Talk BAout Employees

How did we get to this point, where firefighting is standard operating procedure? And how do we get out? Thirty years ago, the godfather of quality, W. Edwards Deming, addressed a similar situation with his book, Out of the Crisis (MIT, 1982). Japan had begun making products with high conformance quality at lower cost than poorer quality products made elsewhere. Many U.S. executives assumed Japanese exporters must be dumping products at a loss, and responded with price wars, cost cutting, and blame for American workers. In his book, Deming focused on how leaders could shift their organizations from a short-term focus on manipulating numbers to more ongoing, sustained success. Although his work is generally applied to manufacturing or routine services, many of Deming’s “14 points for management” can be adapted to help managers in knowledge-driven, professional businesses to dig their teams out of constant crisis. Here are just a few:

“Create constancy of purpose.” Without a sense of the bigger picture — what you are trying to accomplish and why it matters — people naturally default to fixing problems. Unfortunately, this approach never creates the level of delight or innovation that wins you customers for life. Deming encouraged managers to focus explicitly on a mission and longer-term goals to counter-balance the pull of immediate issues. This means defining clearly what you are promising to your customers, so employees know what they should strive to deliver. Even in highly dynamic environments, such a meaningful mission can provide constancy while tactics and strategies shift.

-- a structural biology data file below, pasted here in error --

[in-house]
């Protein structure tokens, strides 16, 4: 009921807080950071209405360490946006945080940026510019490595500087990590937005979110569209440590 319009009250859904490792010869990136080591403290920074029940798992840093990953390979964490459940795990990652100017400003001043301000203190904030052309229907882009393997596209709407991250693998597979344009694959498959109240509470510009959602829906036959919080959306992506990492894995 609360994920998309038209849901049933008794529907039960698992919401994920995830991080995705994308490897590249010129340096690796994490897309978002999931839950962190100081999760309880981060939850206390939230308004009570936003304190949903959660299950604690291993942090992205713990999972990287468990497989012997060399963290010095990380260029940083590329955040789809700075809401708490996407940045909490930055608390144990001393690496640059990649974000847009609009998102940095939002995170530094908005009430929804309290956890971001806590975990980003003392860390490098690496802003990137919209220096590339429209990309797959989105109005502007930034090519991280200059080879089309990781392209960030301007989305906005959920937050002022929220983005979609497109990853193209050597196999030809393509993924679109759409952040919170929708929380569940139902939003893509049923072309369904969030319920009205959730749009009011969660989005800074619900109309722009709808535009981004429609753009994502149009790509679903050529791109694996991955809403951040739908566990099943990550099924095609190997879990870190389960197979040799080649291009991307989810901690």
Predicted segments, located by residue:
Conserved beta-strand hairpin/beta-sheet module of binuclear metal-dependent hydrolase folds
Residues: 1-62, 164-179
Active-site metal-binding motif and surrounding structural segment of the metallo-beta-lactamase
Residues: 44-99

“Cease dependence on inspection to achieve quality.” Most leaders these days strive to hire talented people and let them find their own way to a goal. Then, confronted with haphazard approaches, poor coordination, and embarrassing snafus, leaders gradually end up adding checkpoints, approvals, and red tape. Neither extreme is ideal. Deming’s approach to processes focused on building quality in from the start — reducing reliance on inspection and even individual performance reviews. Even for highly professional work, developing a few simple, repeatable processes for doing things right the first time can drastically increase your quality output.